2018 Buick Regal GS First Look: Buick’s hottest gets hotter
The GS initials stand for Gran Sport, a time-honored Buick designation that added a shot of adrenaline to the division’s various standard models. Most recently, it’s distinguished a member of the Regal lineup and in 2018 it will adorn a Regal whose adrenaline content has been amplified by almost 17 percent.
That amplification is strictly a function of increased power. The current GS is propelled by a turbocharged 2.0-liter 4-cylinder rated for 259 horsepower. The next generation rocks with 310 horsepower from a GM 3.6-liter V-6 with cylinder deactivation, stop-start, direct injection, 310 horsepower, 282 pound-feet of torque.
The V-6 is paired with a 9-speed automatic transmission, sending power to a GKN twin clutch all-wheel drive system with a distinct front-wheel bias and torque vectoring at the rear. Front-rear torque apportionment can be as high as 50 percent, depending on demand, but the default is front.
The Opel Connection
Although Opel is no longer in the General Motors orbit, the Regal’s foundations are shared with the German brand’s Insignia sedan, architecture that yields a solid feel and, according to Buick, reduced mass. The new liftback unibody is stiffer, as well as lighter, so the substitution of the heavier V-6 for a four adds up to a Regal GS that weighs about the same as the previous version, right around two tons. Buick engineers admit that the V-6 shifts the weight balance forward, probably to about a 60/40 bias, from 58/42.
But based on a very short loop around GM’s Milford, Michigan proving grounds, the new car’s suspension—struts front, a new multilink arrangement at the rear—employs auto adaptive damping from ZF Sachs. While the system entails ordinary hydraulic, rather than GM’s more sophisticated—and more expensive—magnetorheological dampers, it’s can adjust its responses up to 500 times per second according to Buick chassis engineers.
There are three GS drive modes. Normal, which is the default setting, Sport and GS. The Sport and GS settings alter throttle mapping, damping, transmission upshifts, and steering effort, for more aggressive responses.
The brief driving experience yielded several impressions. First, the V-6 feels robust out of the blocks, and the sprint to 60 mph should be quicker by at least a half-second, somewhere in the mid-5-second range.
The 9-speed transmission does a better job of maximizing the V-6 engine’s output than the previous 6-speed, and the management program does a respectable job of optimizing gear selection. However, for a car seeking to compete with Euro sports sedans, the transmission’s manual operation leaves something to be desired. Shift paddles are conspicuous by their absence—Buick’s rationale is that very few drivers actually use them—and up- and downshifts are a little casual compared to some of the Euro dual-clutch automatics.
On the other hand, the new suspension setup yields eager responses, particularly in the Sport and GS settings. And while the suspension is certainly firm in the Sport and GS modes, there’s still enough compliance to take the edge off nasty pavement, which keeps the tires in contact with the pavement, very helpful in hard cornering. Body roll is minimal; grip, provided by a set of low-profile 245-series tires on 19-inch wheels, seems consistent with the sports sedan targeting; and the steering is both quick and tactile, with good on-center feel, and effort building as a function of speed.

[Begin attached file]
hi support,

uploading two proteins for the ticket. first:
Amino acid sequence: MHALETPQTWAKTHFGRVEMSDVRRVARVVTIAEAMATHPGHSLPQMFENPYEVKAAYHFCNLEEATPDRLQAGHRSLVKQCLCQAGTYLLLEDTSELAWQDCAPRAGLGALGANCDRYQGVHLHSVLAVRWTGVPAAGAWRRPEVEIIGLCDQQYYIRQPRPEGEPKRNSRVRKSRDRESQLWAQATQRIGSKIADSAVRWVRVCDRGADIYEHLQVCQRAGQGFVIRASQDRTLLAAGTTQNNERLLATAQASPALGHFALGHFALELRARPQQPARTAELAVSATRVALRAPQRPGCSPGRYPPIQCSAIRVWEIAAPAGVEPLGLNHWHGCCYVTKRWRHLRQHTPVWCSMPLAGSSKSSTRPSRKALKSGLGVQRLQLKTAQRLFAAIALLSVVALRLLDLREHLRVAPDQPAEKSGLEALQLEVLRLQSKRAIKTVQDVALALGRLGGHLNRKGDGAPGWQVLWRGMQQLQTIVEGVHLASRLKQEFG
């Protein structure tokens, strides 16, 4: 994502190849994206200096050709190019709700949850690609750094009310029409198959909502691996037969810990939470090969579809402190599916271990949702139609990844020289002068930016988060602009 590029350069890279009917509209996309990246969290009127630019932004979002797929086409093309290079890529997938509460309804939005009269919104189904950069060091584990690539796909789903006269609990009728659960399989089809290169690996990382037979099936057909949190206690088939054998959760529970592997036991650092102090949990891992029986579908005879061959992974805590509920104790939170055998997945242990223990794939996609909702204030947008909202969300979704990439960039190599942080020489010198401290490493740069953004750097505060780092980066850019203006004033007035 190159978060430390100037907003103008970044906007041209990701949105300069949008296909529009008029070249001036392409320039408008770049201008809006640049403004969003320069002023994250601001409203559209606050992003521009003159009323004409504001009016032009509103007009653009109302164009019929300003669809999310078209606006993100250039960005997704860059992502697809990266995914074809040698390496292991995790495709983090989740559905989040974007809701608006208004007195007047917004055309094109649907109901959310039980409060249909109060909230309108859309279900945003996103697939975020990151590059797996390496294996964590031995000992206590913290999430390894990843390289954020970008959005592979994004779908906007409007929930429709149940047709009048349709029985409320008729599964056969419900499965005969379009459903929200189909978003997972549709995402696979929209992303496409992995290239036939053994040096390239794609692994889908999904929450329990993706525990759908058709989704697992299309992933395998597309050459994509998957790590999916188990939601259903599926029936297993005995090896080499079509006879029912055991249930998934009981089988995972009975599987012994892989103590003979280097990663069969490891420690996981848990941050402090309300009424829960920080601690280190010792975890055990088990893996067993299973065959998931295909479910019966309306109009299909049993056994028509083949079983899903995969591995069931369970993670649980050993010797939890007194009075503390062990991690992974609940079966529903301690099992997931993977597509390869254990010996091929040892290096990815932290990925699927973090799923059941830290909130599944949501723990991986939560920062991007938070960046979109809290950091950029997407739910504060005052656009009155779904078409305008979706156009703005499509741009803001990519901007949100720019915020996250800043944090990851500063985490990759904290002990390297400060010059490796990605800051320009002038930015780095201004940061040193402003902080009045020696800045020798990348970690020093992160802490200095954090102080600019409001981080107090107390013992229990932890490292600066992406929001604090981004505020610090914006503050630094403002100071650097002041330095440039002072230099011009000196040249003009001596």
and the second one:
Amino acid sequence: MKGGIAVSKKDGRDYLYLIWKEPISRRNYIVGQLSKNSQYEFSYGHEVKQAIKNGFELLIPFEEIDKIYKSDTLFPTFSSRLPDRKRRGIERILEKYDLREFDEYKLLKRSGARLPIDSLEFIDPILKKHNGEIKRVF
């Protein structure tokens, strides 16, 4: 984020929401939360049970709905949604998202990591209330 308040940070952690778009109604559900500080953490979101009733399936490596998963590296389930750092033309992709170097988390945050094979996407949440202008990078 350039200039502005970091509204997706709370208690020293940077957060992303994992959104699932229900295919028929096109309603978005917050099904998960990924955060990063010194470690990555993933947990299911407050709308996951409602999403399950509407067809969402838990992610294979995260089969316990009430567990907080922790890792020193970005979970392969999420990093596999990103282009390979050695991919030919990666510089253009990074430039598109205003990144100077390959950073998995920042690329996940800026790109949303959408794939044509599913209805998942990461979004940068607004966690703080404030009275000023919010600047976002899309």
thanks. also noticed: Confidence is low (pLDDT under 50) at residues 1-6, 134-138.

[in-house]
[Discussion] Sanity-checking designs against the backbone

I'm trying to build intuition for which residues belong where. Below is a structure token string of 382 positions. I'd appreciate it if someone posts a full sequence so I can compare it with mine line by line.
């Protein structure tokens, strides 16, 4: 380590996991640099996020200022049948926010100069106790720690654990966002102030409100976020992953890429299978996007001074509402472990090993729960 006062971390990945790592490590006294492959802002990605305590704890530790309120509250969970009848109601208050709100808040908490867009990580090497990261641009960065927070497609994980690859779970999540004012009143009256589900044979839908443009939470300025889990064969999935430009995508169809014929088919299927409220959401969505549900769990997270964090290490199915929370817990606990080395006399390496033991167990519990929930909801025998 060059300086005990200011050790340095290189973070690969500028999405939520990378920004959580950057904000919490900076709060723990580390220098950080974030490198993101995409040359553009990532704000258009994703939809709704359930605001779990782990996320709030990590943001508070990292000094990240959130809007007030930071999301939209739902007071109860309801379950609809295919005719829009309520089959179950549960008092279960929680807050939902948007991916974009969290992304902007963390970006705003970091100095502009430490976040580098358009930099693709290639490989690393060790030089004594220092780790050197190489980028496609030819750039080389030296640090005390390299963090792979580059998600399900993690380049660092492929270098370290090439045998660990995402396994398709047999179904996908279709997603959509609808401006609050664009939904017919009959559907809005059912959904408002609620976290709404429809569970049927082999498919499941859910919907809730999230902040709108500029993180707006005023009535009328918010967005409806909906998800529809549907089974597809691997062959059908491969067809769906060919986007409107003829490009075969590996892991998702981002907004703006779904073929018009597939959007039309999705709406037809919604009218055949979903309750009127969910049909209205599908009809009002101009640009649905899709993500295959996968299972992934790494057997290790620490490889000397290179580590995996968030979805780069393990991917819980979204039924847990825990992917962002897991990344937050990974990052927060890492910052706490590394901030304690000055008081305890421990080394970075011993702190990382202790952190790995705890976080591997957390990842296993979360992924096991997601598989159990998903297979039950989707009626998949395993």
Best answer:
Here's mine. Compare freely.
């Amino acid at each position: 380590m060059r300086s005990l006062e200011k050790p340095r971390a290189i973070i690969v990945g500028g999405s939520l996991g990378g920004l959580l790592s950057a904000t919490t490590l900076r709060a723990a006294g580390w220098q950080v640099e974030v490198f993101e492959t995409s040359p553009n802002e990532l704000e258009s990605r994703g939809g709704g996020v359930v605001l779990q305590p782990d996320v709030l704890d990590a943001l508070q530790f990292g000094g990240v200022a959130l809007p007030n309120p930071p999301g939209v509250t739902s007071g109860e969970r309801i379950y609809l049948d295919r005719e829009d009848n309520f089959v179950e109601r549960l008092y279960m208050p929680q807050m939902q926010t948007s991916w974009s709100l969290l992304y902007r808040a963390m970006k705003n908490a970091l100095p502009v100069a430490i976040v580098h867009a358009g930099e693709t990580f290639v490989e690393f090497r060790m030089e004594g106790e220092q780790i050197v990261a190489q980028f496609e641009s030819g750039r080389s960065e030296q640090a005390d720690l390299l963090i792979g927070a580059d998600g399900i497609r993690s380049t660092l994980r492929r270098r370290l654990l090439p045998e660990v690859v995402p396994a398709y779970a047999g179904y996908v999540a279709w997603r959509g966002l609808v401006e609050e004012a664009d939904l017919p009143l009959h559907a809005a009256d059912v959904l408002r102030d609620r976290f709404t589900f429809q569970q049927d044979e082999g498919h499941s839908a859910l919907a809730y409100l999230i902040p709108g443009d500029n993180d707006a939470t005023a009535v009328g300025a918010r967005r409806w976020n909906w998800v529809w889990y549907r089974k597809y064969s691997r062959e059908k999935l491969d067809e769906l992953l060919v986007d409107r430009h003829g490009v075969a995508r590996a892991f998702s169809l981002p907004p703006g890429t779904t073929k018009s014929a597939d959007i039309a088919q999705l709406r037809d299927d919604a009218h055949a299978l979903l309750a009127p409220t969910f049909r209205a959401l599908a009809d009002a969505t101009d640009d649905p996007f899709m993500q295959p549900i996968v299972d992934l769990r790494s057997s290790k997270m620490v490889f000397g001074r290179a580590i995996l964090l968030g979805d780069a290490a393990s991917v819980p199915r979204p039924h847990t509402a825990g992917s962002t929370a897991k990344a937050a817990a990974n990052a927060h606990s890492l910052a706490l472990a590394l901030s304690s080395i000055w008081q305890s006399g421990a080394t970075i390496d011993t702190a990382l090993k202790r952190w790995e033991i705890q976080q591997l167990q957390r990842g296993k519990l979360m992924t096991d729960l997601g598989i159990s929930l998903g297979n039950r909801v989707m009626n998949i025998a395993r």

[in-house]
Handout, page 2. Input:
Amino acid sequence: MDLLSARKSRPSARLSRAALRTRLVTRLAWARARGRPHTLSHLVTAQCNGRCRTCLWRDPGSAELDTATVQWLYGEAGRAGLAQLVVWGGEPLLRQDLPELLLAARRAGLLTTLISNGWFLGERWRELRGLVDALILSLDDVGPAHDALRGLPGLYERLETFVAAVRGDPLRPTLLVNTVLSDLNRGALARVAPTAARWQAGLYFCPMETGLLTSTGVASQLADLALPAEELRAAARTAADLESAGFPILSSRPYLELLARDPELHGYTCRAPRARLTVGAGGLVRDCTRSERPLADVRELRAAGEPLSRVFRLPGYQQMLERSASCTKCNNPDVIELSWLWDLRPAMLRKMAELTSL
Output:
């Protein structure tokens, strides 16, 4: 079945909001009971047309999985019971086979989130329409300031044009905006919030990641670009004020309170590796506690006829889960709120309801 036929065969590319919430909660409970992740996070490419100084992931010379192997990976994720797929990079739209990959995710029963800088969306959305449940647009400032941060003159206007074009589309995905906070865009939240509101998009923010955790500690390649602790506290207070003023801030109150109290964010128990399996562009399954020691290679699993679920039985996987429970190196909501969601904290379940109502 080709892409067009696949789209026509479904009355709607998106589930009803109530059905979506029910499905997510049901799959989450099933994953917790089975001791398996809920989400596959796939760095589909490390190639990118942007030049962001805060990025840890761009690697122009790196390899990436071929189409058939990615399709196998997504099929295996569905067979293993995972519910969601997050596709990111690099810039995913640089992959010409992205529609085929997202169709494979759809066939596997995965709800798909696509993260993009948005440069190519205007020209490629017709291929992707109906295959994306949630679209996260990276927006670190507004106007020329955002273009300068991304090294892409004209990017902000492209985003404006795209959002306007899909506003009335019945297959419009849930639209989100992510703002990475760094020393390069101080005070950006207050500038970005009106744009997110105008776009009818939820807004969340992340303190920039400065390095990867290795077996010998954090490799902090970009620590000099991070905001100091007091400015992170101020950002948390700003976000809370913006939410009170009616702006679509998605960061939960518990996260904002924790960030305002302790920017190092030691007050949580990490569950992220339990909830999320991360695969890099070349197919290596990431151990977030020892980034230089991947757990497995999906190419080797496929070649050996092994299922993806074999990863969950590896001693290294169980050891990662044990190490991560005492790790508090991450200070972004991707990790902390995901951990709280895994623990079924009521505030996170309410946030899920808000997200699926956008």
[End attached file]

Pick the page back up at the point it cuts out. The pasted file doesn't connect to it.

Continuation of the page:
The steering wheel (heated) augments the sense of connection between car and driver, with its thick, grippy leather-wrapped rim, as do the seats. Supplied by AGR, the GS perches are well bolstered, without being too aggressive, keeping driver and front passenger solidly planted when the g-loading starts coming from odd angles.
Upholstered in high quality perforated black leather they suggest long-haul comfort, and it doesn’t hurt that the bolsters are adjustable. We should probably note that the seats are also heated, cooled, and equipped with a massage function. They’re exceptional, and the highlight of the sporty black interior, picked out with some tasty white stitching.
Already somewhat familiar from its exposure at auto shows, the exterior of the GS is distinguished from the more mainstream Regal Sportback by its sportier front fascia—vents, grille, chin spoiler, unique grille—rocker panel extensions, and rear decklid spoiler. The new Regal’s proportions are tidy, particularly in the GS edition, thanks to wheels that fill the fender wells.
The new Regal GS and Sportback sedans won’t reach showrooms until February, while the TourX wagon is due to appear in the fourth quarter. However, even though the official on-sale is several months away, Buick was ready to announce pricing at its proving ground show. MSRP for the Regal GS will be $39,990, a price that includes a substantial list of standard features including an 8-inch center dash touchscreen, 8-inch configurable instrument cluster, Apple CarPlay and Android Auto compatibility, high quality audio, and of course those remarkable seats. Powered by the familiar 2.0-liter turbo four, Sportback pricing will open at $25,915, some $2,000 lower than the previous Regal, according to Buick. MSRP for the TourX will start at $29,995.